Sam Chuk Market
Sam Chuk, an old market town along the Thajeen River in Suphan Buri province, serves as a good example of how a community can contribute to changing the face of a place. The lively town, which is more than a century old, is today a dynamic and charming place to visit.
However, until a couple of years ago, Sam Chuk had been drafting its own obituary for quite some time. The thousands of visitors from all over the Kingdom you see there every weekend now could not even be imagined in those days.
In the good old days, when boats were the main mode of conveyance, Sam Chuk was an important centre for transporting goods. Merchants from all parts of the country stopped at the town overnight before heading to Bangkok. Thus, it was a very busy place until the coming of the highways.
The busy port almost closed down when the roads came. Many offices moved to Bangkok and the market became quiet with a drastic fall in the number of customers.
And no one would have had the chance to admire the Thai architecture, which has been there since the days of King Rama V, if the people in the area had agreed with the authorities to pull down their old wood houses and replace them with concrete structures.
"The land where the market is belongs to the Treasury Department ," says Pongwin Chaiwirat, a member of the Sam Chuk Market Conservation committee. "The rental contract is renewed every three years. And they were afraid there might be a blaze, so they wanted to demolish the old wooden houses."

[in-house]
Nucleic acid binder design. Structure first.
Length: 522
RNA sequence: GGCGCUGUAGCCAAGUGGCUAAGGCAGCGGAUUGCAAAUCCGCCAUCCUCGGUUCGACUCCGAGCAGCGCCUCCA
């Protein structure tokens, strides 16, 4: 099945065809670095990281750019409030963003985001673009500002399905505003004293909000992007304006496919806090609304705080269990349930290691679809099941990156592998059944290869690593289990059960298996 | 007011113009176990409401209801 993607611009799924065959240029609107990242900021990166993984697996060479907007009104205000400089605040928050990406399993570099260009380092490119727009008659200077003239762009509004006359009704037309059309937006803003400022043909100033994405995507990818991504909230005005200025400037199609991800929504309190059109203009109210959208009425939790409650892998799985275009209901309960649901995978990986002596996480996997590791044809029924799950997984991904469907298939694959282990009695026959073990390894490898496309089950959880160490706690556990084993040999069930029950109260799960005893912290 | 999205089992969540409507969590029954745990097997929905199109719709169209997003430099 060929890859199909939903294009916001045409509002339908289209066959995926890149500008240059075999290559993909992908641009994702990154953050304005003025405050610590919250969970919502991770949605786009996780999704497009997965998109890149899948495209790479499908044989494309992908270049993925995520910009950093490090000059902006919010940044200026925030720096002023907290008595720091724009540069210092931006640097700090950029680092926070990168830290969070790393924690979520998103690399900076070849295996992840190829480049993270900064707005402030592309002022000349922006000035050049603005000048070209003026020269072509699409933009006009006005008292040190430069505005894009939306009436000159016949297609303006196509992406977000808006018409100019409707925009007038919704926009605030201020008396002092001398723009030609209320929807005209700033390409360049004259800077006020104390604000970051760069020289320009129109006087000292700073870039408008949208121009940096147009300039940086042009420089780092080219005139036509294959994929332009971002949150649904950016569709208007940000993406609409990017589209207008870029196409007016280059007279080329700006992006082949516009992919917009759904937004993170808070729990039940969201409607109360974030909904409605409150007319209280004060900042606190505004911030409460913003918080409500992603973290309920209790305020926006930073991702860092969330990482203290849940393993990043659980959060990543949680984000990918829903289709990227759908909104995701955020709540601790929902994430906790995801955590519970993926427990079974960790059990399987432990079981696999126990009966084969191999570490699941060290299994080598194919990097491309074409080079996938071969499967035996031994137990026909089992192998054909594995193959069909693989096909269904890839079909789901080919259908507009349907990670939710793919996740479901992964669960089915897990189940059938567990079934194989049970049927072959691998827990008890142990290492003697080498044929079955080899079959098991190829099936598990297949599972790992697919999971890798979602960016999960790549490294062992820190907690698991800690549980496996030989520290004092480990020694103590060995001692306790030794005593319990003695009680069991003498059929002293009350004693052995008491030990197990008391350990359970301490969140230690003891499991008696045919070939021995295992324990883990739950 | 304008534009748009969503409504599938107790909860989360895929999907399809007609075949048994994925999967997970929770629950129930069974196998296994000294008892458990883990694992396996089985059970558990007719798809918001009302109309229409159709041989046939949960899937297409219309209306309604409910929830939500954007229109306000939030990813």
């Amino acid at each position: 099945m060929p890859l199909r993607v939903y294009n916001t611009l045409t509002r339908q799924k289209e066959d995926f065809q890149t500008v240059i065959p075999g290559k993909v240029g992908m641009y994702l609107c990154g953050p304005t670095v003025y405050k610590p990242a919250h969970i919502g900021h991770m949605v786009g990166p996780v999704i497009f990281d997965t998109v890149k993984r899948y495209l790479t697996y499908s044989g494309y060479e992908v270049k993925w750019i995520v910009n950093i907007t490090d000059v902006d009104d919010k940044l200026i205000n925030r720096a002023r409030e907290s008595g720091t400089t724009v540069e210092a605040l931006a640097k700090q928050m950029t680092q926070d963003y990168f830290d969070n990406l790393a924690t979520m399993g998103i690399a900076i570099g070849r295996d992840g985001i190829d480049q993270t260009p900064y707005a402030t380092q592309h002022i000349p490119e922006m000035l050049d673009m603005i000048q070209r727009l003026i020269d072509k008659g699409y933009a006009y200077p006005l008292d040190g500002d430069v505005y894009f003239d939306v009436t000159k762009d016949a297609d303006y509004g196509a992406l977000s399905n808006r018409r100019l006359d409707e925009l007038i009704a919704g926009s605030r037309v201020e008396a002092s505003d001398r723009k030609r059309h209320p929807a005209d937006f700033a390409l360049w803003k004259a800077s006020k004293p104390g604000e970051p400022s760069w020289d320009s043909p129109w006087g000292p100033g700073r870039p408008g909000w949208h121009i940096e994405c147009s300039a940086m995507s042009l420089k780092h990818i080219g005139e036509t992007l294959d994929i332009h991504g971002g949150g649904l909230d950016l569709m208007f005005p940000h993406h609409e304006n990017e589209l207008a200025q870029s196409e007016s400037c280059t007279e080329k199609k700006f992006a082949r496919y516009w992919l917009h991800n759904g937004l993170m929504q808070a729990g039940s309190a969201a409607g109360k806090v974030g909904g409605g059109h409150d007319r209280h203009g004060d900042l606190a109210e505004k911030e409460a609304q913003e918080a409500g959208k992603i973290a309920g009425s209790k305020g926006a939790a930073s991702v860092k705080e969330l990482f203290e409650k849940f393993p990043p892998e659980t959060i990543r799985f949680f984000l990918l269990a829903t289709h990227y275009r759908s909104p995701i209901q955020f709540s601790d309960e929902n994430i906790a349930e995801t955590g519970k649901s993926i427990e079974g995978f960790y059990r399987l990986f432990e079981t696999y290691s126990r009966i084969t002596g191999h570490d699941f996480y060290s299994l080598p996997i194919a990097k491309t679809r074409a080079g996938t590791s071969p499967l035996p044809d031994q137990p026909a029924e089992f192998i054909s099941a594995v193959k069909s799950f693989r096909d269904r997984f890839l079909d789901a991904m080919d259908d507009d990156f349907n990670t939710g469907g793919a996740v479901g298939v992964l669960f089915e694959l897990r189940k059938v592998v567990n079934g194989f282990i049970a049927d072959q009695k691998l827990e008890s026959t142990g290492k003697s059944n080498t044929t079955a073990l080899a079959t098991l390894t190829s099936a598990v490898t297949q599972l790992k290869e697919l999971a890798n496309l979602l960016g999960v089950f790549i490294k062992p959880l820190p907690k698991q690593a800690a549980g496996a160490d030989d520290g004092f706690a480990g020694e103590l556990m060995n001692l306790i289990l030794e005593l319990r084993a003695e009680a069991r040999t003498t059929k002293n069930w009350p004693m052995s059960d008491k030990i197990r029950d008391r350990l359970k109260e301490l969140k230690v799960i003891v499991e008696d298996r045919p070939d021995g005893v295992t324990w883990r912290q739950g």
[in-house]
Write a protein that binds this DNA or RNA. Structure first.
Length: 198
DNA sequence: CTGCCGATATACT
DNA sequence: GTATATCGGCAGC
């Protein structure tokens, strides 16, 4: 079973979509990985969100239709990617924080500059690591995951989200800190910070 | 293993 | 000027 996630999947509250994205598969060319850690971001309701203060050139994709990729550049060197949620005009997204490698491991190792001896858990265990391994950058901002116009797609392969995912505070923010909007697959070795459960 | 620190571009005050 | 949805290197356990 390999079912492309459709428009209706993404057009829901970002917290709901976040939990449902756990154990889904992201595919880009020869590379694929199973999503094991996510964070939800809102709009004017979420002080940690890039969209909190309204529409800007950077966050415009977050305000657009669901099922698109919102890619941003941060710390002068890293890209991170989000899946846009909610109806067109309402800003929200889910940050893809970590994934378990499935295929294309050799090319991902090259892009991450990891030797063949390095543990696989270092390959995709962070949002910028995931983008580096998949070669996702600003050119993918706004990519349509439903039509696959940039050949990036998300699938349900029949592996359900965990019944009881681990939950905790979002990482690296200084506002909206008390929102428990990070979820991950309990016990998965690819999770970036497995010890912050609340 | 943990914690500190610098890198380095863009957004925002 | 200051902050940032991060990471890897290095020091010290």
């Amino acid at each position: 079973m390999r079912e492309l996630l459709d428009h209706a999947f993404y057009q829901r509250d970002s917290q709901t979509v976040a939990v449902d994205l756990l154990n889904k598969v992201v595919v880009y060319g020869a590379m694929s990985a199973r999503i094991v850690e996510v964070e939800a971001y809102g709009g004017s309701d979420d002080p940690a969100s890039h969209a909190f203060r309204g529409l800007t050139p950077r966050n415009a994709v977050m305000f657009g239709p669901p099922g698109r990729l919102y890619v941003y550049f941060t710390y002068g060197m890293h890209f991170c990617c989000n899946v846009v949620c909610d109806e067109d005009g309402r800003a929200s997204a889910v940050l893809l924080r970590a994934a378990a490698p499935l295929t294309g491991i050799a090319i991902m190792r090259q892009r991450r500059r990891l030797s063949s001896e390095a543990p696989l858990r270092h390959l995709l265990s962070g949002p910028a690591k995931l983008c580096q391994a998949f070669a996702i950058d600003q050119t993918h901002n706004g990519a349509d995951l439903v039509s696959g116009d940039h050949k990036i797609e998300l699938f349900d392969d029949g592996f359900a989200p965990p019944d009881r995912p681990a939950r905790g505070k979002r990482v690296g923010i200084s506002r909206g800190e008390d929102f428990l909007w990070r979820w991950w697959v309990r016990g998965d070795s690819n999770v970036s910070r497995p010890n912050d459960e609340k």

It was a great dilemma for local the people, who already had to look for other ways of earning a living after business took a turn south. They basically had two choices, staying with what their ancestors built or pulling it all down.
The Udomchok Hotel was once always booked, with merchants making their reservations up to four months in advance. Arunluck Onwimol was afraid that the two-storey hotel would be pulled down because the owner had been announcing it was for sale. To conserve the establishment, she rented the inn and restored the ground floor into a coffee shop.
"Please come in and feel free to explore upstairs," Arunluck says warmly. "Check it first and tell me later if you would like to check in."
The second floor of Udomchok Hotel still remains as it was a century ago. But it's not a haunted hotel like those you see in horror movies. As Arunluck, a former university lecturer, tells you, the place has been conserved so that visitors can experience how the hotel felt 100 years ago.
"It's not a bad place for staying overnight. I just want to keep the old building and renovated the first floor for that cup of cappuccino visitors want," she says. "The market is alive again after we agreed to conserve our houses and lifestyle and open it to the public and the media."
Strolling along the market and having a good look at all the attractive architecture, including panels described in Thai as khanompang khing (literally, ginger bread), but actually delicately craved wooden curtains, done during King Rama V's and VI's times is an educative experience.
With about 300 houses, Sam Chuk market is spread out over four sois. It's too small to get lost in. People are willing to direct you and it's very likely they will ask if you have visited the Khun Chamnong Chinarak museum.
The house of a former Sam Chuk's nobleman, Khun Chamnong Chinarak, has been renovated into a museum after his offspring donated the beautiful structure to the community.